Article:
BILL MURRAY: Knock, knock.
YOU: Who’s there?
BILL MURRAY: Bill Murray. I’m here to party.
YOU: Sweet. WTF took you so long?
Could it be true? Could this happen to you? The website Super Official News announced that this summer, Bill Murray might just come a-knockin’ on your door, ready to rock, as part of Bill Murray’s Party Crashing Tour. According to the site, it’s simple, really. All you need to do is throw a kickass party packed with alcohol and karaoke—easy peasy. Then hang a sheet or banner outside your house that reads “BILL MURRAY CAN CRASH HERE” in neat, legible letters—also easy, just get your personal assistant to do it. This will let Mr. Murray know he’s welcome. Then, just wait for Dr. Peter Venkman (aka Steve Zissou, aka Raleigh St. Clair) to show up thirsty and looking for action.
Sound too good to be true? That’s because it is. Sorry to report it, but Bill Murray’s Party Crashing Tour is nothing but a hoax. But it still might be a good idea to throw a karaoke-infused rager. Perhaps you should you and your assistant should practice your harmonies on the Ghostbusters theme song…it’s always a crowd-pleaser.
You’re a regular globetrotter, but your poor fishies always seem to get left at home. Let them experience a slice of the jetsetter life with the World Map Fish Tank. Designed by Takuro Yamamoto, the clear acrylic fish tank emulates a world map that your fish can swim through. They’ll be summering in Greece and sight seeing in Dubai before you can say “Go Fish!”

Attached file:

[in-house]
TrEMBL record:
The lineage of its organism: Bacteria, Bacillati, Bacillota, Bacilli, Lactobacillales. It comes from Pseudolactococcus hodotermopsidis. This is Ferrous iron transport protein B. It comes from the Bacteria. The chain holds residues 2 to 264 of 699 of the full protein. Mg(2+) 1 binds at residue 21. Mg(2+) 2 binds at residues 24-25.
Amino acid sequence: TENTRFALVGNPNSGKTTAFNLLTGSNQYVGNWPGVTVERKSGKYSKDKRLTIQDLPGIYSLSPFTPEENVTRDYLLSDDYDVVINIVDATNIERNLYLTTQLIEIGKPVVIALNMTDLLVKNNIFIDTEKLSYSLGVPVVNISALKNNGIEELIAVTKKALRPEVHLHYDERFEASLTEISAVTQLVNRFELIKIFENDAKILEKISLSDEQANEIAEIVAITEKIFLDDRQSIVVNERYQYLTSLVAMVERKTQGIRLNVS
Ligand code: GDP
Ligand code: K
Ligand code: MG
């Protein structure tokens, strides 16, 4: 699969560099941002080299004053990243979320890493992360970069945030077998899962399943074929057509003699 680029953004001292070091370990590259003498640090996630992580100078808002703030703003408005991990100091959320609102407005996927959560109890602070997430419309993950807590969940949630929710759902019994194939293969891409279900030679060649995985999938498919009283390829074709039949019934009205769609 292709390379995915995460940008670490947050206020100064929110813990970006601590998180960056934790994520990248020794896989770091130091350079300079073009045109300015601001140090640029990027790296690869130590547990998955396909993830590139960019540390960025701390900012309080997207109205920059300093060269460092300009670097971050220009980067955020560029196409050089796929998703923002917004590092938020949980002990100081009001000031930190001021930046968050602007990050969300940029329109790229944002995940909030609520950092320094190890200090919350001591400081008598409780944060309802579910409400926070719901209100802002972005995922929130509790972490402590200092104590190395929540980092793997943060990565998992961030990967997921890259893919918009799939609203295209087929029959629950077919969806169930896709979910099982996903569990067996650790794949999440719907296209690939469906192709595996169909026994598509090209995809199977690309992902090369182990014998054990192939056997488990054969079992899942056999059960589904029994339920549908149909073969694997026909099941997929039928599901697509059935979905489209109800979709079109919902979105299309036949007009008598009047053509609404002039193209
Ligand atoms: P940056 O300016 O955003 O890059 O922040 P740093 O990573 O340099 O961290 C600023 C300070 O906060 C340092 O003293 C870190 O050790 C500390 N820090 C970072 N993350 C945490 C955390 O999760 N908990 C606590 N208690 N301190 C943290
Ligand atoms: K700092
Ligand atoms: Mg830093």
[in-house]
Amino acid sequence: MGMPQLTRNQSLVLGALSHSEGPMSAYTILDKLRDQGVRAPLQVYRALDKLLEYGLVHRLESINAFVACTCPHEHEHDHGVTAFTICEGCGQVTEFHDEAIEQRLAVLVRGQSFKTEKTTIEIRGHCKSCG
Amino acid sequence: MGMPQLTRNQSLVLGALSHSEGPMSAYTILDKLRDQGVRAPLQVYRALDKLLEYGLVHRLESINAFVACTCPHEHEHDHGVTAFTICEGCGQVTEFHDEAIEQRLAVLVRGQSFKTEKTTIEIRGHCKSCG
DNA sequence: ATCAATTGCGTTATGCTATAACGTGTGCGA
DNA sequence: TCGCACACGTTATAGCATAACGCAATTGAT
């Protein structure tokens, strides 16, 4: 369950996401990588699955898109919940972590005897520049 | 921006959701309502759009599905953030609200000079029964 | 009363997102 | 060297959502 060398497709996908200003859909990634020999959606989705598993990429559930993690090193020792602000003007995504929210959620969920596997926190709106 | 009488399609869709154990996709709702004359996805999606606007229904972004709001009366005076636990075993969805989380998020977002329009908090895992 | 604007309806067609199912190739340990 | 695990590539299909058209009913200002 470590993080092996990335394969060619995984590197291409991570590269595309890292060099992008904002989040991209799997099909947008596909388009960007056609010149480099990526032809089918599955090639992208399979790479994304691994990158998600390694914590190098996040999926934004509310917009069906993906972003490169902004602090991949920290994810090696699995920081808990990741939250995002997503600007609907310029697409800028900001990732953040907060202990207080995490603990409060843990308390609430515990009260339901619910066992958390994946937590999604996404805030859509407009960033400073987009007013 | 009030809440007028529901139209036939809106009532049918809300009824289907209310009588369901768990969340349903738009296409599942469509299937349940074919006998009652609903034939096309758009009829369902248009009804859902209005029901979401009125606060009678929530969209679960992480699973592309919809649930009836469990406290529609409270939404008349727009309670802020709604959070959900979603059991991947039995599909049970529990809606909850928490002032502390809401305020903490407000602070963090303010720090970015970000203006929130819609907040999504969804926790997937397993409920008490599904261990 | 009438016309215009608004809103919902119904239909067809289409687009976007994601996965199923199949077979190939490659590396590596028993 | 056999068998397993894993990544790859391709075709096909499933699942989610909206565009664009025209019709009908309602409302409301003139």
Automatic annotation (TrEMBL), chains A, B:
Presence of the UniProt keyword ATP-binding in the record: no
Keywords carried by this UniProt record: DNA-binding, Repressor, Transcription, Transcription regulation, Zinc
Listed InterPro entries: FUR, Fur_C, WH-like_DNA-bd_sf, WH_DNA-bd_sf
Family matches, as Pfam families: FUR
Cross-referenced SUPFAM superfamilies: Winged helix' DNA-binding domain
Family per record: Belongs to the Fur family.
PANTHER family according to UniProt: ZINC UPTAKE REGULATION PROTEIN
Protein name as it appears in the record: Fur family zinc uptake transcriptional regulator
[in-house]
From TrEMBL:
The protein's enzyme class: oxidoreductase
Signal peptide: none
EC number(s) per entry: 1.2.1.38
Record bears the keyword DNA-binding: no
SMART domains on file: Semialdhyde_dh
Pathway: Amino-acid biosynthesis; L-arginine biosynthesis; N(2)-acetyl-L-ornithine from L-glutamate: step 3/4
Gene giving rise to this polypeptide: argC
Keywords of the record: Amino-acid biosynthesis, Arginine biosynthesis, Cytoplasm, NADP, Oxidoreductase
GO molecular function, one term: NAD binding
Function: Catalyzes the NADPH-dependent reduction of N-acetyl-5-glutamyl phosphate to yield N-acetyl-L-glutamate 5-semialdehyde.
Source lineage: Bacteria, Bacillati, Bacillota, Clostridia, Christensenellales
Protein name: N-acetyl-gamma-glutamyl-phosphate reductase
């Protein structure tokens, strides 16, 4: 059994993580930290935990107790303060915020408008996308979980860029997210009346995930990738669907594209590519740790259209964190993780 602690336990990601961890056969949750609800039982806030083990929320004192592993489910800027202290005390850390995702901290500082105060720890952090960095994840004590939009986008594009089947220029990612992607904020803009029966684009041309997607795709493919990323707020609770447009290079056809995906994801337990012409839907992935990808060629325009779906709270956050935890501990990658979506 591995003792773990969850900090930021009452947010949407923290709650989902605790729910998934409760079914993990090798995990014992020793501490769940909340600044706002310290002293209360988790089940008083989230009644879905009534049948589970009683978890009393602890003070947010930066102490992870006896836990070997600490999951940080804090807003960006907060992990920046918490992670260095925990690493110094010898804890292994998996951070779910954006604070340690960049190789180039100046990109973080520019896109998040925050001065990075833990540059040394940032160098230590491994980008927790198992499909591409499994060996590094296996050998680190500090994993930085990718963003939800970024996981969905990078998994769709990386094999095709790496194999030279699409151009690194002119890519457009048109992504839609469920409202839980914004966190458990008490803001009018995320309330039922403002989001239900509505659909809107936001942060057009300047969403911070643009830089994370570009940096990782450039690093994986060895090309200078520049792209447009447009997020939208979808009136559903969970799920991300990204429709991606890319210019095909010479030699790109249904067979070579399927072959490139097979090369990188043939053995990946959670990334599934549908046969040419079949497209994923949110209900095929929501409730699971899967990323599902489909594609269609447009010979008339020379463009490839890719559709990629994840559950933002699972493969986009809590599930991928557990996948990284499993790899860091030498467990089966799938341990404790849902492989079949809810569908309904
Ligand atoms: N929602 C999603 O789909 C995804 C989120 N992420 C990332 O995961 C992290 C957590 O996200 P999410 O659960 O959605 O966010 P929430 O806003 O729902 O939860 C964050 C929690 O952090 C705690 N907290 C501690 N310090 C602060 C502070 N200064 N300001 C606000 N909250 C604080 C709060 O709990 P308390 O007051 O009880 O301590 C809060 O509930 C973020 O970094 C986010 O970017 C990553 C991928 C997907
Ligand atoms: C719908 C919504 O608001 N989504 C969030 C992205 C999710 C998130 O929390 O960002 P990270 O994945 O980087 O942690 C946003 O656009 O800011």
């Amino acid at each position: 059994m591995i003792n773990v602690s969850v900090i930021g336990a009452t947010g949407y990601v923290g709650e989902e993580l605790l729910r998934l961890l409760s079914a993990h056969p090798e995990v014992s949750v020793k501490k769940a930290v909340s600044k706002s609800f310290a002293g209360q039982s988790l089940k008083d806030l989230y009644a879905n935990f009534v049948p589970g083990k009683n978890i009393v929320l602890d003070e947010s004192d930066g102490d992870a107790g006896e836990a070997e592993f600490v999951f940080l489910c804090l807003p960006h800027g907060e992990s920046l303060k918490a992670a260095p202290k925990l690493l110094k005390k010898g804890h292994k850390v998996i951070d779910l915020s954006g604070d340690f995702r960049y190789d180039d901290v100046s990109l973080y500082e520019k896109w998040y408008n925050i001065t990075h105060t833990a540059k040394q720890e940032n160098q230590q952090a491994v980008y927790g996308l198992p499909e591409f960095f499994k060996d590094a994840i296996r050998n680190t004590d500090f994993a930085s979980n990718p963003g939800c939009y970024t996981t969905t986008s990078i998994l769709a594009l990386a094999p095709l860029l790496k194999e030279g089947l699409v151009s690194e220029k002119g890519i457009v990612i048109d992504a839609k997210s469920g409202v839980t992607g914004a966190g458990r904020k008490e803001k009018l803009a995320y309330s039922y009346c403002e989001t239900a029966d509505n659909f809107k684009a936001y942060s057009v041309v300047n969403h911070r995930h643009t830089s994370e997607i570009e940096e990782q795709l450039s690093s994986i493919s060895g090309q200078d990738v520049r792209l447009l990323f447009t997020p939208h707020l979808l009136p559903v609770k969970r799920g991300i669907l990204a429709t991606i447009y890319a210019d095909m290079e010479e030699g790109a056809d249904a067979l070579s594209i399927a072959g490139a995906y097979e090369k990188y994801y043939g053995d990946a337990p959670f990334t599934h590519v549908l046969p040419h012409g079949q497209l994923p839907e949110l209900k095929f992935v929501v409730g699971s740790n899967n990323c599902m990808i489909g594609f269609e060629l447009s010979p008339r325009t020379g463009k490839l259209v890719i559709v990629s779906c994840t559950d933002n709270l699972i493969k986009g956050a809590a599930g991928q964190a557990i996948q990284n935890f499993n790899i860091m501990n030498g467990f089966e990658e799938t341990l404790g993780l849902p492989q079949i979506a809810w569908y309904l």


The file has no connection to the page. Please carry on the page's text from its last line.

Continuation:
Ahead Of Its Time
You had a cross fade haircut and neon OP shorts at age 5. You had the Nirvana CD by age 9. And by the time you were 12 you had acquired a taste for foie gras. Suffice to say you’ve always been a little ahead of your time. So you can relate to the heir of the Heinz food empire who dreamed up the 1938 Phantom Corsair. The six passenger coupe prototype’s doors opened via electronic buttons rather than primitive handles, and the dashboard included a compass and altimeter. The seating configuration was reversed to sit 4 people in front and two in the back to accommodate a beverage cabinet (you have more in common with this guy then we originally thought). Mr. Heinz planned to put the Phantom Corsair into limited production, but he died in a car accident before it came to fruition. Now restored to its original form in the William F. Harrah Foundation, National Automobile Museum in Reno, Nevada, the one and only prototype has secured its place in history as the most futuristic car built in the Thirties.